June 13, 2021The Brooklyn Museum’s decorative arts galleries were a comfortably familiar feature of the institution’s fourth floor for decades. Beginning in 2018, they underwent a major renovation and reinstallation — amazingly, the first overhaul since 1971— and the result is far more than a facelift. The new installation, “Design: 1880 to Now,” represents a veritable rebirth for the 3,000-square-foot-space. Previously a bit old-fashioned, the galleries today offer a fresh perspective on design, using the nearly 100 objects on display to tell the history of the decorative arts.
Curators plucked these pieces from the museum’s huge collection of more than 30,000 decorative objects, which hail from the 18th century to the present and from points around the globe. The galleries’ organizers arranged the selected items into 16 sections, including “The Aesthetic Movement and Cultural Appropriation” and “The Machine Age.”
The current installation offers a less Eurocentric view of design than the former one, while still mixing in familiar pieces from the West. There are items by celebrated designers from France (Émile-Jacques Ruhlmann), Italy (Ettore Sottsass) and the United States (Norman Bel Geddes), as well as Japan (Masanori Umeda). More than half the pieces were in the galleries’ prior incarnation, but you’ll see them anew in this reimagined context.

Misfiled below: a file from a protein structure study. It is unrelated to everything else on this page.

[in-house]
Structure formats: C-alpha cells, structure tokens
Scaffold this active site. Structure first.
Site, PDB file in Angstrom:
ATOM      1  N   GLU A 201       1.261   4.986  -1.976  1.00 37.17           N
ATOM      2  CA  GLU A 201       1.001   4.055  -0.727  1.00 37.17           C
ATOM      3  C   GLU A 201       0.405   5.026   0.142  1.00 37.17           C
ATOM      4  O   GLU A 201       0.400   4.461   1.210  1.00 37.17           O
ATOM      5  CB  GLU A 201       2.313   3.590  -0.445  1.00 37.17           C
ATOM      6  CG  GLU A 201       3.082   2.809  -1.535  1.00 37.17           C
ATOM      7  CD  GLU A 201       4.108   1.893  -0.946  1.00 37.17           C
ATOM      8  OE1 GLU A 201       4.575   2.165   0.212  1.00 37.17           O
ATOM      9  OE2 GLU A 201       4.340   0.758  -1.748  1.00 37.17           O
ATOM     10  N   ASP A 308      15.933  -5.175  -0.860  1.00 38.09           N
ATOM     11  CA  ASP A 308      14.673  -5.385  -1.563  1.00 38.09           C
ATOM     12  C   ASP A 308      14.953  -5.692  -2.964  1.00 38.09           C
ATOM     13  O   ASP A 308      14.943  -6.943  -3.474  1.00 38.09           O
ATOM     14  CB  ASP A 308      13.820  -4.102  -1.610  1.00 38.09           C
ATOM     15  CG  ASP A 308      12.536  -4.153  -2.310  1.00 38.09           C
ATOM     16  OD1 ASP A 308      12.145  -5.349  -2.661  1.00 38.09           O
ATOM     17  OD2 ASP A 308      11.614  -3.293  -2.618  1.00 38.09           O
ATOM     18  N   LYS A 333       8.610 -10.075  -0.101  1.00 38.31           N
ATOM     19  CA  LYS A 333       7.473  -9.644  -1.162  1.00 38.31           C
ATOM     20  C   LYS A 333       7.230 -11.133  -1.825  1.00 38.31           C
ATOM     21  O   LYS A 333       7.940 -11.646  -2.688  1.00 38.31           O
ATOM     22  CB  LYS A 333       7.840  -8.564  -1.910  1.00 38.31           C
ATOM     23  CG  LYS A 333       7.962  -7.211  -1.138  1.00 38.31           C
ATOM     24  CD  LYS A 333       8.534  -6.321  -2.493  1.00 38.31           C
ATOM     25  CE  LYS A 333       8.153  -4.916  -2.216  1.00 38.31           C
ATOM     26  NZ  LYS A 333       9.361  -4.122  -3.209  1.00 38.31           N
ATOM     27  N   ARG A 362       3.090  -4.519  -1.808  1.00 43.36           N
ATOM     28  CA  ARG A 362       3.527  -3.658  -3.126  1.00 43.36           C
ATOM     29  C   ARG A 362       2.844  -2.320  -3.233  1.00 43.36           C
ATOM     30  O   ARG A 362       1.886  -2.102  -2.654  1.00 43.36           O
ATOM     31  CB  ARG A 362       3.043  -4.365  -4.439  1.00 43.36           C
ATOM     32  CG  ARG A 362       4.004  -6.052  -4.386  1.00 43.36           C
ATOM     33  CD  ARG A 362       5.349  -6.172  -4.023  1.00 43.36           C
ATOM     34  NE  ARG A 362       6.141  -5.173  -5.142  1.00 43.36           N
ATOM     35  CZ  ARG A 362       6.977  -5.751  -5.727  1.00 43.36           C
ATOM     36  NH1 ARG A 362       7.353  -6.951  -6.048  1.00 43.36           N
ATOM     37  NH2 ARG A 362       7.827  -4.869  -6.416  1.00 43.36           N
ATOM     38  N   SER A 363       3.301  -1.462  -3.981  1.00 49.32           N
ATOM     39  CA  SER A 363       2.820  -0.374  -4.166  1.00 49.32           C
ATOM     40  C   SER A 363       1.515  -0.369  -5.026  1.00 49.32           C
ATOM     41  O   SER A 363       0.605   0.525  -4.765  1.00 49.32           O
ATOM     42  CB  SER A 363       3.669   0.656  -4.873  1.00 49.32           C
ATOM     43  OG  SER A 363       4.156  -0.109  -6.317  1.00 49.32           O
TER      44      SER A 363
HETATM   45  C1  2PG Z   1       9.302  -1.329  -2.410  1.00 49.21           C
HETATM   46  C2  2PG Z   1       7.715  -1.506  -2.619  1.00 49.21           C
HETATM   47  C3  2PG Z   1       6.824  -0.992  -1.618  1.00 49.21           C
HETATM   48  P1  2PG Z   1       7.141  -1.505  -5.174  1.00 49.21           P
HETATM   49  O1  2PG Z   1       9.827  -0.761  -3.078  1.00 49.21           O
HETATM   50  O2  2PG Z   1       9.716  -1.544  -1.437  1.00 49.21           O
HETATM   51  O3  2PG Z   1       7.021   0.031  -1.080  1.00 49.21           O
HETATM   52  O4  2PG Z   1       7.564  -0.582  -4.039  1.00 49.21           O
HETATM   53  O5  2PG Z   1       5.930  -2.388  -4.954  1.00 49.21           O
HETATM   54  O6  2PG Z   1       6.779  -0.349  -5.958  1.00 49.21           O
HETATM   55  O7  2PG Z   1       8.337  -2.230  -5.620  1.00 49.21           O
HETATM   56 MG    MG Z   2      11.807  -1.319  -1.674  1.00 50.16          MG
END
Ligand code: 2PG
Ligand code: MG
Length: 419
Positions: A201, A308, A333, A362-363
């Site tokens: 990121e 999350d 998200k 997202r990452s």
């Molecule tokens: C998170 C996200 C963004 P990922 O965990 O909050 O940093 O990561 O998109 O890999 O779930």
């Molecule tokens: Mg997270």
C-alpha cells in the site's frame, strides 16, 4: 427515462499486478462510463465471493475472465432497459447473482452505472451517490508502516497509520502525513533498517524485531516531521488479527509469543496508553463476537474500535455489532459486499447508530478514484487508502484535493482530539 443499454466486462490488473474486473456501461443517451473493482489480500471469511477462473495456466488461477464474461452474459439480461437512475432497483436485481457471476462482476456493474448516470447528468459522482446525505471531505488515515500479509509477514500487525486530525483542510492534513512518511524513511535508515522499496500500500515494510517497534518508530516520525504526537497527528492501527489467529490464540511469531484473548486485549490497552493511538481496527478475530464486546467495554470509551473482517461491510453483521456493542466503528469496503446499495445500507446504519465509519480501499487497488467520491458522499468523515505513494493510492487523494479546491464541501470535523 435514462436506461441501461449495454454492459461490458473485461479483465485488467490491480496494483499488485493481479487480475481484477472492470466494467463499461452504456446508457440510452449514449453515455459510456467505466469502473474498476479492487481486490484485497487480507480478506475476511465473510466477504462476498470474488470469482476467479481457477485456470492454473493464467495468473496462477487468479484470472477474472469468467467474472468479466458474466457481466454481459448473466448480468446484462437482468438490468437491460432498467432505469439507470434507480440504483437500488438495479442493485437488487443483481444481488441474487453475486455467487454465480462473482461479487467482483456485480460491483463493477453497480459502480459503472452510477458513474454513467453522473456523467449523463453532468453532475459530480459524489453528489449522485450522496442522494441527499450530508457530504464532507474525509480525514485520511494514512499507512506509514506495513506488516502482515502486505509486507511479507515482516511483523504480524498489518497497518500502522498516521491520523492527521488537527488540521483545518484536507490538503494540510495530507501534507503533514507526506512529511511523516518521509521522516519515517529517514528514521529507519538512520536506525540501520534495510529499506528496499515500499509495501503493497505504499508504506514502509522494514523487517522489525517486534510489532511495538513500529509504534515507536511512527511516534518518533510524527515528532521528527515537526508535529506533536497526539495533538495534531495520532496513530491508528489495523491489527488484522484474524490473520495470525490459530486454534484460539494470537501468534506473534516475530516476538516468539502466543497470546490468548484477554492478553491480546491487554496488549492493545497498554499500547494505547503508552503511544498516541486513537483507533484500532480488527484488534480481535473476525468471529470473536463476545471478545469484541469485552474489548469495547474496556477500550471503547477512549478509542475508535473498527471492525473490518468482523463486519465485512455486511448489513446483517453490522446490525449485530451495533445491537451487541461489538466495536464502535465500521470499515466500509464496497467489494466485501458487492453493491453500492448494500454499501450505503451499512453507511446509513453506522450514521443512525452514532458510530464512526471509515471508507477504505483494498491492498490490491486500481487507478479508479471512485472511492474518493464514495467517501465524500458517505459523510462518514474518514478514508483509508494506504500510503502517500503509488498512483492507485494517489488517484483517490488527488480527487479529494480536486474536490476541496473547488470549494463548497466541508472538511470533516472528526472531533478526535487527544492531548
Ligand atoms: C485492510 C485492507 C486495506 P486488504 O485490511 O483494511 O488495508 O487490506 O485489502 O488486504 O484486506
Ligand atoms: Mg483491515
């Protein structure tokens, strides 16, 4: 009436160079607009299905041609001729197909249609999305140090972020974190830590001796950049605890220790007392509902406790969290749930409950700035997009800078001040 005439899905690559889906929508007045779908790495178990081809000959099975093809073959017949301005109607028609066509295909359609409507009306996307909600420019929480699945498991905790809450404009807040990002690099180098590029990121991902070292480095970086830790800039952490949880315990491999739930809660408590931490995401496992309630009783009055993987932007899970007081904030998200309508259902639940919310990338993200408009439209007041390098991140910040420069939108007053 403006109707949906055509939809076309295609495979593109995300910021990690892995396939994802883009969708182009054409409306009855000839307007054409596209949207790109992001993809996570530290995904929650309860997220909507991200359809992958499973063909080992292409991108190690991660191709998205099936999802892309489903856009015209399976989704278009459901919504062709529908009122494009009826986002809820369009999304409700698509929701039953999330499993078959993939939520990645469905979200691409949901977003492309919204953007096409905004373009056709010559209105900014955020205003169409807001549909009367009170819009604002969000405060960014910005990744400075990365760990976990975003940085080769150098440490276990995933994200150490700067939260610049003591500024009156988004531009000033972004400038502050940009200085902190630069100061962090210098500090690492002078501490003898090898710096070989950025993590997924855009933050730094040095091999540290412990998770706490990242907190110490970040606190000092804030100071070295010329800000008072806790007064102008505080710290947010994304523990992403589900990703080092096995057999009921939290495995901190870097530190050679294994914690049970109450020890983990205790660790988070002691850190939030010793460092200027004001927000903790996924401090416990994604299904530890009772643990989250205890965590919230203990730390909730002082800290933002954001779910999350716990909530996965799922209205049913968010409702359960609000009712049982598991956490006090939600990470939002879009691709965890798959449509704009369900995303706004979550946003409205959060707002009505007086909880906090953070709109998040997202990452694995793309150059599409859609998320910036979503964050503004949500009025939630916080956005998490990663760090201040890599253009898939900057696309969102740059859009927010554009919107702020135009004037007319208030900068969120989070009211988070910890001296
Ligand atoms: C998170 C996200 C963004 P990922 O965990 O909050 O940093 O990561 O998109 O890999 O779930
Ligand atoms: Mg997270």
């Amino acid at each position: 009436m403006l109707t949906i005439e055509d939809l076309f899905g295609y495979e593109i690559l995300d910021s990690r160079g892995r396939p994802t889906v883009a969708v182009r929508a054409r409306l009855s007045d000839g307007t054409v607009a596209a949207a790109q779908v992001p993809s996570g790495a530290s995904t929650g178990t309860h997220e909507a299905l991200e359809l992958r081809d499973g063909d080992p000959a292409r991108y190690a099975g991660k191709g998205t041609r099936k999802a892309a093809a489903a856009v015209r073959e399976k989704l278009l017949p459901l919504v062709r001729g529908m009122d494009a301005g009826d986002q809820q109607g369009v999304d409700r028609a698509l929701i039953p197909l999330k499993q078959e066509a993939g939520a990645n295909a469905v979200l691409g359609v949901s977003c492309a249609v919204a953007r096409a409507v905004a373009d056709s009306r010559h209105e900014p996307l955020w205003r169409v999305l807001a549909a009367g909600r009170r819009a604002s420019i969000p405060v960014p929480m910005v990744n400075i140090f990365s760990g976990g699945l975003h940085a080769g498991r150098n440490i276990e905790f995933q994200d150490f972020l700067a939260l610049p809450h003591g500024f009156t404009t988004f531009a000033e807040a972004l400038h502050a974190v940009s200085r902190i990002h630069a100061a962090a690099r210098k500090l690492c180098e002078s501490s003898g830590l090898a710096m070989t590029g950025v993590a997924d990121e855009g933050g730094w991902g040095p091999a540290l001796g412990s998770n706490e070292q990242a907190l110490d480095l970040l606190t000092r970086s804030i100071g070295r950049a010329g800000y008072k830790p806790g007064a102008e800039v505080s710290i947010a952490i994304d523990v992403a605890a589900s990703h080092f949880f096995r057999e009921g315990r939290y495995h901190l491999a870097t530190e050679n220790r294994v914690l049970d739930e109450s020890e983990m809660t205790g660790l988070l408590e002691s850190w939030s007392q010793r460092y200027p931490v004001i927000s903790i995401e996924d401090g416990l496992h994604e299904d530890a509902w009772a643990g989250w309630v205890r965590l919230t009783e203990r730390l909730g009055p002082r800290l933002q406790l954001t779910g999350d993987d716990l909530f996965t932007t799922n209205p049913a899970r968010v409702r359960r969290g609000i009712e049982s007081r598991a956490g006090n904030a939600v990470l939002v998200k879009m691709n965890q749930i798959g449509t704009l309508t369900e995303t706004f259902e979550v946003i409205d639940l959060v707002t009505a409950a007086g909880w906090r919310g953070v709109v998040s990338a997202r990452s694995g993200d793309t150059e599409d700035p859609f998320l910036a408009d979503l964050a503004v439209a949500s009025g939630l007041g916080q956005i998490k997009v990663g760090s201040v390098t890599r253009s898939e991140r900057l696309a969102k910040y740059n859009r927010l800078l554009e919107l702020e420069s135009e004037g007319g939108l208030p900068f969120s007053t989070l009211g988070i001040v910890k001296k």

“We wanted to rejigger them a bit,” says Aric Chen, the Shanghai-based independent curator who masterminded the new installation. “We came up with a plan to refresh the galleries and bring in new perspectives.”
Chen got to know the collection in 2017, when he completed a residency at the museum working with Barry R. Harwood, the institution’s longtime decorative arts curator, to whom the new galleries are dedicated. Harwood, who died in 2018, put a distinctive stamp on the program in his 30-year tenure, but it was time for a change.
Brooklyn Museum director Anne Pasternak says the installation “reframes” the history of design and “sparks new conversations around classic motifs.”
The most explicit and telling contrast with the old installation comes with its very first pairing of two objects: Sitting next to each other in a vitrine are Karl L.H. Mueller’s Century vase from 1876 and the Brooklyn Century vase, commissioned by the museum in 2019 from Philadelphia-based ceramist Roberto Lugo.